Hopefully, you now have an understanding of what is going through your mind when you see a situation and are trying to make a decision on whether or not to act. Even just walking towards the situation could trigger others to do the same, in which case someone who may need help will get it.

The Disappearance of Harold Holt

26 Mar

Harold Holt was the Prime Minister of Australia for nearly two years from January of 1966, up until his disappearance in December of 1967.

The strange thing about Holt’s disappearance is that his body was never recovered, and this has led to different theories surrounding what actually happened.

Harold Holt, the 17th Prime Minister of Australia. Photo taken during the 1966 elections.

Harold Holt, the 17th Prime Minister of Australia. Photo taken during the 1966 elections.

First of all, what do we know?

On Sunday the 17th of December, 1967, Holt and a group of friends, along with two bodyguards, made a trip from Melbourne to Port Phillip Heads to watch part of a solo circumnavigation of the globe, by Alec Rose in his yacht the ‘Lively Lady’. Around midday, the party made their way to Cheviot Beach, which lies on the eastern arm of Port Phillip Bay. This was one of Holt’s favorite swimming and snorkeling locations despite its reputation for strong rips and currents. Holt was described by his biographer Tom Frame as having “incredible powers of endurance underwater”, most likely due to Holt’s experience as a scuba diver. Despite pleas from the rest of the party, Holt made his way into the water. Not long after entering the water, the party lost sight of Holt. His friends raised the alarm, and a search began with a large group of police, Royal Australian Navy divers, helicopters from the Royal Australian Airforce, army personnel and local volunteers.

Two days later, on the 19th of December, the Australian Government made an announcement that Harold Holt was presumed dead. From here on in is where the theories start.

For the most part, it is generally accepted that Holt fell victim to the strong currents and rips in the area and his body was dragged out to sea before anyone could notice. There are no real ‘loose ends’ with this theory. Holt had recently suffered a flare up of a recurring shoulder injury that caused him a lot of pain. It is quite likely that he was not up to his usual levels of fitness and grew tired fighting the currents or rips. The main issue people have with this idea is that with such a large scale search, it is surprising that his body was not recovered.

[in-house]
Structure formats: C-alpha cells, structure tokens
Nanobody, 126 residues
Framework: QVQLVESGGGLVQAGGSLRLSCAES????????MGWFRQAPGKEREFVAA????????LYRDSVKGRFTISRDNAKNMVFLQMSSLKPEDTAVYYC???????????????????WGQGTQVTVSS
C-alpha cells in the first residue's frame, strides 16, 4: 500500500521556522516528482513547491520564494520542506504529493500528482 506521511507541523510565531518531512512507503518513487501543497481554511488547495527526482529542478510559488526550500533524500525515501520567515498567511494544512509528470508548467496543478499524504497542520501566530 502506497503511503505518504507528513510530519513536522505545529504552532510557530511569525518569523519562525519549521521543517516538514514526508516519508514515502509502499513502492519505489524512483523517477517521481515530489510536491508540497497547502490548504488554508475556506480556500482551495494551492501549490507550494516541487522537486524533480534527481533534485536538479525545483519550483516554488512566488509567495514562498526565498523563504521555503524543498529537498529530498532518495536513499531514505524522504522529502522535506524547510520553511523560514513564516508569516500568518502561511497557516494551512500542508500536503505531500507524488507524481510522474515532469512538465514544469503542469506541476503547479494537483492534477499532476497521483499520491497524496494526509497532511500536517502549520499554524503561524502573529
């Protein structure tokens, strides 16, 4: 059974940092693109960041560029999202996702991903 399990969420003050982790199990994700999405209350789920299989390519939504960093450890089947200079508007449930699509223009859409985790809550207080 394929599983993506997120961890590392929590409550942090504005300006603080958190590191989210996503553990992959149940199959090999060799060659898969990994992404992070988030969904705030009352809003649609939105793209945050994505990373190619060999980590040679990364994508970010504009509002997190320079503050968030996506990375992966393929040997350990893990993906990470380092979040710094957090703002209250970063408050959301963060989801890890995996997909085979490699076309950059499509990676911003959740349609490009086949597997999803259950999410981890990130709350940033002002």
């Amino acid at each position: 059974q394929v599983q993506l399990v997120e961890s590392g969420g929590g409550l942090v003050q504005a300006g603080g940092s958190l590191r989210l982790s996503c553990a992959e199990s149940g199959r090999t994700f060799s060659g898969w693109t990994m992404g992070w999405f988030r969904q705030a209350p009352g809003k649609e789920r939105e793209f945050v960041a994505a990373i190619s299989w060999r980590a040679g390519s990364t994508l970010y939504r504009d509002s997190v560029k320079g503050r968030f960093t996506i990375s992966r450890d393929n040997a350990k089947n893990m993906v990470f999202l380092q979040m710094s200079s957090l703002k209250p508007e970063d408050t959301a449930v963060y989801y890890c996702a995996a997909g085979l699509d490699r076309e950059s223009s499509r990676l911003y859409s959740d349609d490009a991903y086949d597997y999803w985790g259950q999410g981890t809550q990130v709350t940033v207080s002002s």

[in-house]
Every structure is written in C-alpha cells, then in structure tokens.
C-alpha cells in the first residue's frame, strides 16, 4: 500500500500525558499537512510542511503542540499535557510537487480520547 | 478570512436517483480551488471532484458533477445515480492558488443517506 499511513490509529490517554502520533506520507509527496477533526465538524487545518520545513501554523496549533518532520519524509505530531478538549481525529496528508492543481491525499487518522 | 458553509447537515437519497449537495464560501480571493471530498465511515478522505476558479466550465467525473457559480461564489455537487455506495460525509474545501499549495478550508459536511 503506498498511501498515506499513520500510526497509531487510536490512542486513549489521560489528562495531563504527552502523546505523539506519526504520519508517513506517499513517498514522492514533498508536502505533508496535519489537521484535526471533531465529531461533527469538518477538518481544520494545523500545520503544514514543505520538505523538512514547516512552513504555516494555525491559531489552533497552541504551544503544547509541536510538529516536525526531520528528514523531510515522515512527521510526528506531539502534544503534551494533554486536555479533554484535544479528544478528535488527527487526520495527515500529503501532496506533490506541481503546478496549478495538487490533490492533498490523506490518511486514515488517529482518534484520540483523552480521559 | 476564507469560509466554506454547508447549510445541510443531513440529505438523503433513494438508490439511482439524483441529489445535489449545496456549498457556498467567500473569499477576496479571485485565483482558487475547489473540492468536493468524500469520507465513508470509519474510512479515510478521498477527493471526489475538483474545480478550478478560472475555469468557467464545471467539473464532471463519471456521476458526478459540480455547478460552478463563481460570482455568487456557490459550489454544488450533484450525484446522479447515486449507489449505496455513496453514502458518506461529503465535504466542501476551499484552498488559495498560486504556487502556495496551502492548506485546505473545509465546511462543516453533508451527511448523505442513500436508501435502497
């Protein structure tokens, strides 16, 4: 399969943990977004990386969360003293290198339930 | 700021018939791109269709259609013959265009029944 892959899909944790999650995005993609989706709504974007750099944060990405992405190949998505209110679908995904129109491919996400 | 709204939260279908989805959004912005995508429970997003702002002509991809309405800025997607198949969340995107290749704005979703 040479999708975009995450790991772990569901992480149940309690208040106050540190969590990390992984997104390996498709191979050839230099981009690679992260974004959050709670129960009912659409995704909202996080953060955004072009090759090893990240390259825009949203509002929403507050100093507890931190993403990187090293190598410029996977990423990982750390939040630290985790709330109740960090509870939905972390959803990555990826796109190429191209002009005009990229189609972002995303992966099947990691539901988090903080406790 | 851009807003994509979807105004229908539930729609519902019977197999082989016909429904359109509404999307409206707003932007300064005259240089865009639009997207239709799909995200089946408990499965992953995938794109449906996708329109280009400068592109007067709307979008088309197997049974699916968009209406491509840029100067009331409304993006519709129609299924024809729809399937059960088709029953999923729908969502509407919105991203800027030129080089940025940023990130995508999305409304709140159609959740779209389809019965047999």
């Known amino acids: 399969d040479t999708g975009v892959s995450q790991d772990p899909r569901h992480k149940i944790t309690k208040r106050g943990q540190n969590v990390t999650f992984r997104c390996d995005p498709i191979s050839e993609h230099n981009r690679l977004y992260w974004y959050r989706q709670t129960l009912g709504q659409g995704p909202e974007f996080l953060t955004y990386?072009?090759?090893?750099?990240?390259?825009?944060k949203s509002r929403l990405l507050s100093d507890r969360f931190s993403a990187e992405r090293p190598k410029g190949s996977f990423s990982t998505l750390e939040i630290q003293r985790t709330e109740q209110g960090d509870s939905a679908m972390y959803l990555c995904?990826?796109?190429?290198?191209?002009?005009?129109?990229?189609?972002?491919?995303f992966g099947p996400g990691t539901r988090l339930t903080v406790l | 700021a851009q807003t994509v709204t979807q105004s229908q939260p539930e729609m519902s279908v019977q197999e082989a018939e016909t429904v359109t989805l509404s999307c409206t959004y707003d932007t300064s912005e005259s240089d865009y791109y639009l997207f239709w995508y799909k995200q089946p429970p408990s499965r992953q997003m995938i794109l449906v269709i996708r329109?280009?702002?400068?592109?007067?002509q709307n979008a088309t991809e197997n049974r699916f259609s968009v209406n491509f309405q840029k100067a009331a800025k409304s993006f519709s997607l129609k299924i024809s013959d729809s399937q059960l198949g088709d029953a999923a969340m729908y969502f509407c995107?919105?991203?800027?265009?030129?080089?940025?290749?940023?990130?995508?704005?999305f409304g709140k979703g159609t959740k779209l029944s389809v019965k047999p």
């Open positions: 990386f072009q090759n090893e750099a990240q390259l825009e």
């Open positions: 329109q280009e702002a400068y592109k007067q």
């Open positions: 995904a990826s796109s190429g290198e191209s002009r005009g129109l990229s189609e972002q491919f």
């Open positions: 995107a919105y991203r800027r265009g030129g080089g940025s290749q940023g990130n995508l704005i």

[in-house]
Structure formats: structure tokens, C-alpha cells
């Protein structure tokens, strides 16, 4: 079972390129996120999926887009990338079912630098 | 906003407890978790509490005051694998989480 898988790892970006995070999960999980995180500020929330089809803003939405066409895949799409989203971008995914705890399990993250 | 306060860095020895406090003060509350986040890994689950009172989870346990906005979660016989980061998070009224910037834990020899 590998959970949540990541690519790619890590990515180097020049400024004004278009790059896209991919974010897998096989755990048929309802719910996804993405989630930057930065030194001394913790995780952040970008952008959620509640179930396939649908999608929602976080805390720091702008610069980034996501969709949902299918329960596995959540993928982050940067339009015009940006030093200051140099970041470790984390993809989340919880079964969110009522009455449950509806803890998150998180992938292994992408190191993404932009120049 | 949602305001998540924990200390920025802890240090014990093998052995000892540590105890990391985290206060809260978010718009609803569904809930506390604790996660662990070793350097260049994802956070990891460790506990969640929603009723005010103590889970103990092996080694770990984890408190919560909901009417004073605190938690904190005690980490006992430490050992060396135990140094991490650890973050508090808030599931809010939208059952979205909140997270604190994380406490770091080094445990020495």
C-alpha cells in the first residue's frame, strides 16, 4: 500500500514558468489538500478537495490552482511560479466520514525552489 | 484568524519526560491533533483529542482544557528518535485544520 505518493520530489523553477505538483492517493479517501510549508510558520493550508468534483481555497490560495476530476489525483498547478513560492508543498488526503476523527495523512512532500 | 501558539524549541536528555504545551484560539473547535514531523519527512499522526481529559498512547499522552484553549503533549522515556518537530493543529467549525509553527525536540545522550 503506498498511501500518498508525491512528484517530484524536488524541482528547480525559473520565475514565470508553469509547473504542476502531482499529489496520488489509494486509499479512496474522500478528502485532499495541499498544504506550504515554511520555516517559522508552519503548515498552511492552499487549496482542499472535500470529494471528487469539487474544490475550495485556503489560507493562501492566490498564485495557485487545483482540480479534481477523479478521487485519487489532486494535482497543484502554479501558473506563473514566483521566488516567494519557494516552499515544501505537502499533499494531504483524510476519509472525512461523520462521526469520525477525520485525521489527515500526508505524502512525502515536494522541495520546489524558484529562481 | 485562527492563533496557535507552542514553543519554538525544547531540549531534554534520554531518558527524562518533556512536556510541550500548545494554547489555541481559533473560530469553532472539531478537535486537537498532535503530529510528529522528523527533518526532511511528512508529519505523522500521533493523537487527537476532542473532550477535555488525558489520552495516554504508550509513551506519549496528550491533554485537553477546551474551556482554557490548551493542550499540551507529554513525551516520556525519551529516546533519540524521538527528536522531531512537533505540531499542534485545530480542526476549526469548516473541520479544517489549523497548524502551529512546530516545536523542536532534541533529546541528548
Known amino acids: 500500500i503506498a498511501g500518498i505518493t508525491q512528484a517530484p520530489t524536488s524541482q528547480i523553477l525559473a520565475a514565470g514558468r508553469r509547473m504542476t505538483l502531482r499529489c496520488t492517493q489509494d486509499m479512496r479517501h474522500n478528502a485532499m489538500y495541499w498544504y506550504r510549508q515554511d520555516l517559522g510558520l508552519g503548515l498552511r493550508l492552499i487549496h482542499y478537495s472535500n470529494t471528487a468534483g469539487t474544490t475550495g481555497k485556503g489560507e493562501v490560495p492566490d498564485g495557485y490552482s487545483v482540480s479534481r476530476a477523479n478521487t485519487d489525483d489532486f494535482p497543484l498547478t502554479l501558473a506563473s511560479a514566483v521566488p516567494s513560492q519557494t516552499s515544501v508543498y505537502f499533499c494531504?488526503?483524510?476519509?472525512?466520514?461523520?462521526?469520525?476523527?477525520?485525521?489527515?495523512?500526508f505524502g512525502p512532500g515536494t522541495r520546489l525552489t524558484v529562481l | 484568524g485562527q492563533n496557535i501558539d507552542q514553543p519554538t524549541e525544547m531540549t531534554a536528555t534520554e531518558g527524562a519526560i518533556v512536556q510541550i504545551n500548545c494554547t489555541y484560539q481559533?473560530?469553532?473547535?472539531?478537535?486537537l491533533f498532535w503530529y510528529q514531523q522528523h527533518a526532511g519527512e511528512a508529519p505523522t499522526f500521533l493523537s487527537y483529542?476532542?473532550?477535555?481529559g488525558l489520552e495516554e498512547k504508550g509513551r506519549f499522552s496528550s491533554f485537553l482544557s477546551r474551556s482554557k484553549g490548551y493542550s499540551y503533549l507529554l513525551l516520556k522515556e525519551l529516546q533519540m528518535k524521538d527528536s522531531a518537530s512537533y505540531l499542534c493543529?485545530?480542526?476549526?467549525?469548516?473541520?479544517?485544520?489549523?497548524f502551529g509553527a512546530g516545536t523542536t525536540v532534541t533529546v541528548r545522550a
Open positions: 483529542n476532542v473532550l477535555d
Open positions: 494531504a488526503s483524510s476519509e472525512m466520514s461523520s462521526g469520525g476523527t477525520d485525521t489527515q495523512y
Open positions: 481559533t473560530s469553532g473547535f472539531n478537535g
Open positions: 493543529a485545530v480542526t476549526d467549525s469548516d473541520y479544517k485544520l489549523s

Other theories start to speculate on the idea that he committed suicide. This theory has been rejected by  Holt’s own son Sam, his biographer Tom Frame (mentioned before), and  Malcolm Fraser, Holt’s Cabinet Minister at the time. This theory arose after reports that Holt was suffering from depression prior to his disappearance.

Some theories started bordering on conspiracy. There is the idea that he faked his own death to run away with a mistress,  was abducted by a UFO, or kidnapped/rescued by a Chinese submarine, depending on whether or not you think he was a Chinese spy.

Although it seems most likely that the strong rips and currents were  to blame for Holt’s disappearance, the idea that this was an Australian Prime Minister who may have been involved with something more sinister has piqued the curiosity of imaginative minds for many years. Unfortunately, it is doubtful that we will ever know exactly what happened in this tragic case.

Wave Rock

26 Mar

There are many well-known natural formations all over the world; The Grand Canyon, Niagara Falls and Mt Everest, to name a few. In Australia, there is a particularly spectacular formation that many of our readers may not be aware of, due to its fairly remote location. I am referring to what is known as ‘Wave Rock’; an enormous rock formation in south-eastern Western Australia, which is the largest state in Australia.

Located 3km (or about 2 miles) from the small town of Hyden, this natural geological formation attracts approximately 140,000 tourists a year. The rock itself is a large granite formation that has been dated to 2.63 billion years old, and was created through complex geological processes. As you can see from the picture below, it closely resembles an ocean wave, hence the name, and is nearly 50 feet (14m) high and 350 feet (110m)  across.